Rep. Ileana Ros-Lehtinen, R-Fla., is retiring at the end of this year after three decades in the House. The first Latina elected to Congress, she is leaving with a warning for her party about the need to reach out to more women and minority voters.
North Carolina Democratic Rep. Alma Adams is one of the 27 women who come away from Tuesday's primaries with a spot on the general election ballot.
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LOS ANGELES, USA - JANUARY 20: People participate in the Women's March rally on January 20, 2018 in Los Angeles, California, United States. (Photo by Morgan Lieberman/Anadolu Agency/Getty Images)
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Kamala Harris celebrates winning her Senate race Tuesday in Los Angeles. Harris, who's African-American and South Asian-American, is the first biracial woman elected to the Senate.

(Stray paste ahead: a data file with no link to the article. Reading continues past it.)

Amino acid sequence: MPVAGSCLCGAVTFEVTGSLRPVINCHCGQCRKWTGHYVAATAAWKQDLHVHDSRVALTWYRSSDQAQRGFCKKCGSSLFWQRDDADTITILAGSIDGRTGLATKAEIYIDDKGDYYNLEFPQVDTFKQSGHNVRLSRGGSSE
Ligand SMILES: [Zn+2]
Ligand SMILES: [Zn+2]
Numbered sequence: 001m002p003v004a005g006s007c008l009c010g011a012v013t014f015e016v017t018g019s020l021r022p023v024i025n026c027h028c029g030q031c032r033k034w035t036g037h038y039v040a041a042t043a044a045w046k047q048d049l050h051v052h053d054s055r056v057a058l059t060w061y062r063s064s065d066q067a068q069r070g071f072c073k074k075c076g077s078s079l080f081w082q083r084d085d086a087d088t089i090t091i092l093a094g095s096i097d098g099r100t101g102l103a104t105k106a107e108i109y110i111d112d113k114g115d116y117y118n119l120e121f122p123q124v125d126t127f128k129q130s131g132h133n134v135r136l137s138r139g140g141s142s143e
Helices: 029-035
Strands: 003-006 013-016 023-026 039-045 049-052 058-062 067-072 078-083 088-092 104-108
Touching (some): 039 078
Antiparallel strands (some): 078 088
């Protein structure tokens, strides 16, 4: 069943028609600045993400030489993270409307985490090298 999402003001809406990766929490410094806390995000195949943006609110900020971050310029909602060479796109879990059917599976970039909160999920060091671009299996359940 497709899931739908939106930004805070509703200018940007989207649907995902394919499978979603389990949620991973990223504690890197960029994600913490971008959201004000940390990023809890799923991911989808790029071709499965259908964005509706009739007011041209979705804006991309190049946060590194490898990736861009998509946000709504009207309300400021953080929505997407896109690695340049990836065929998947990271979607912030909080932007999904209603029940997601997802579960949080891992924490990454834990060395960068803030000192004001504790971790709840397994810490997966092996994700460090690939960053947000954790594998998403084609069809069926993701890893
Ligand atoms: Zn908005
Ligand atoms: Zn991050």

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Our culture has long expected that women will be kind, and leaders will be authoritative. So what's a female leader to do when she confronts these conflicting stereotypes?
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Nancy Reagan (left) and Soviet first lady Raisa Gorbachev both smile politely during a tension-filled tea in Geneva in 1985, while their husbands discussed nuclear disarmament.
Greek Prime Minister Alexis Tsipras (fourth from the left) leads the first cabinet meeting of his government Jan. 28 in Athens. He's been criticized for selecting no women for senior positions.
Jane Byrne savors her victory in the previous night's Democratic primary in 1979, when she defeated incumbent Chicago Mayor Michael Bilandic. She became the city's first female mayor.
An audience, mostly women, listen behind President Barack Obama in Oct. 2012 as he speaks about the choice facing women in the election during a campaign event at George Mason University in Fairfax, Va.